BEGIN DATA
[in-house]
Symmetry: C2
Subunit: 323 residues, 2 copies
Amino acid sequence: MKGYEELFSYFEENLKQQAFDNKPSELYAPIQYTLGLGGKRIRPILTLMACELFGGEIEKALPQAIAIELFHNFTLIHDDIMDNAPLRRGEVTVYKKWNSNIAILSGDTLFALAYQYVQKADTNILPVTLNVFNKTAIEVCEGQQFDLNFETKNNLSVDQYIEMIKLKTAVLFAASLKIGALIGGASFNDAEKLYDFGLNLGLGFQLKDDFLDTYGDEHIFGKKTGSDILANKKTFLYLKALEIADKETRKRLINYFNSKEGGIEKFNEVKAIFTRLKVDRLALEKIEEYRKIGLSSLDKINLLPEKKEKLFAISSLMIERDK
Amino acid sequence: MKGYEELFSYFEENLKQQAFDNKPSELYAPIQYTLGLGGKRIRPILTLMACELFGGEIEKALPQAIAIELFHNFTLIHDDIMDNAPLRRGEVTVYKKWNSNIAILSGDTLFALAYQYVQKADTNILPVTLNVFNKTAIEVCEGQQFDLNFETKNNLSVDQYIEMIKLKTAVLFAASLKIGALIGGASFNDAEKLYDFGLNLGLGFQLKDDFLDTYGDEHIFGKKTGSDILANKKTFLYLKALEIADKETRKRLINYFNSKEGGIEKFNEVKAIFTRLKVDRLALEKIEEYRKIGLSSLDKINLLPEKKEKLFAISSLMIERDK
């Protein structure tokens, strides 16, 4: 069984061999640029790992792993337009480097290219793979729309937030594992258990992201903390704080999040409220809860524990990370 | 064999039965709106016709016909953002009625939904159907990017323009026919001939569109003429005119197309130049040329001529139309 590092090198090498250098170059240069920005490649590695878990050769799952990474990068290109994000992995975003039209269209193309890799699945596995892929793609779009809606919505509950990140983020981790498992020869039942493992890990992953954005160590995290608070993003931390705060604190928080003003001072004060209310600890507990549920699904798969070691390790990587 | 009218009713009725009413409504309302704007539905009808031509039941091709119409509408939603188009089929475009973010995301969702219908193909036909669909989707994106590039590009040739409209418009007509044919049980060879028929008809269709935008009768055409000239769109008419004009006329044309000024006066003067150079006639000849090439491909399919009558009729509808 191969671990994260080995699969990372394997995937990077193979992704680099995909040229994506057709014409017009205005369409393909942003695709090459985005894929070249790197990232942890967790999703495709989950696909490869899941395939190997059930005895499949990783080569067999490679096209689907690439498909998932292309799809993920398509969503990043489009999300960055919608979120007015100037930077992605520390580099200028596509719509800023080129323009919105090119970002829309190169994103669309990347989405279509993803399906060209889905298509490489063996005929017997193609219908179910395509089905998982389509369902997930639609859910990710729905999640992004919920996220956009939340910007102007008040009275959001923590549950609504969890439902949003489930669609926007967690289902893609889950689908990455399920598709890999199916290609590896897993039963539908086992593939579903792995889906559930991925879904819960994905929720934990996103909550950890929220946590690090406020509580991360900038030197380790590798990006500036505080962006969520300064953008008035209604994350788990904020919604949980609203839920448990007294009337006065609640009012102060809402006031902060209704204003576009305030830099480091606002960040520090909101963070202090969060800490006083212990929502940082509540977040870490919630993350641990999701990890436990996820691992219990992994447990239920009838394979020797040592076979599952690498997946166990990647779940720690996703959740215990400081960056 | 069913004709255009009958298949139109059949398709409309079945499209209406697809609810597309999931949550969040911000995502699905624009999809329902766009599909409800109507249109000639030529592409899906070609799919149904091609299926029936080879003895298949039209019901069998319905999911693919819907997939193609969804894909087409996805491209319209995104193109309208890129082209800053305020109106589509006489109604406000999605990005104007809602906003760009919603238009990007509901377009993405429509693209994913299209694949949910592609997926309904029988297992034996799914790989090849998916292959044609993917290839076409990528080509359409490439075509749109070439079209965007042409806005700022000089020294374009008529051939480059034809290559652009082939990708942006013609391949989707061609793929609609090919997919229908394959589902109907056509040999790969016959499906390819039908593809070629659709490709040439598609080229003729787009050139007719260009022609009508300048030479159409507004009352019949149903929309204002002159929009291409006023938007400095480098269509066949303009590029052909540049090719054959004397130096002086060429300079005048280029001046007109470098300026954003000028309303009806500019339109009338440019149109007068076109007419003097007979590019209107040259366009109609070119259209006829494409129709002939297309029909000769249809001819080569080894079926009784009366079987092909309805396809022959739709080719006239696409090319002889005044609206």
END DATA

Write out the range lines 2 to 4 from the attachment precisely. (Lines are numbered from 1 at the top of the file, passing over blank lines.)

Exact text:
Symmetry: C2
Subunit: 323 residues, 2 copies
Amino acid sequence: MKGYEELFSYFEENLKQQAFDNKPSELYAPIQYTLGLGGKRIRPILTLMACELFGGEIEKALPQAIAIELFHNFTLIHDDIMDNAPLRRGEVTVYKKWNSNIAILSGDTLFALAYQYVQKADTNILPVTLNVFNKTAIEVCEGQQFDLNFETKNNLSVDQYIEMIKLKTAVLFAASLKIGALIGGASFNDAEKLYDFGLNLGLGFQLKDDFLDTYGDEHIFGKKTGSDILANKKTFLYLKALEIADKETRKRLINYFNSKEGGIEKFNEVKAIFTRLKVDRLALEKIEEYRKIGLSSLDKINLLPEKKEKLFAISSLMIERDK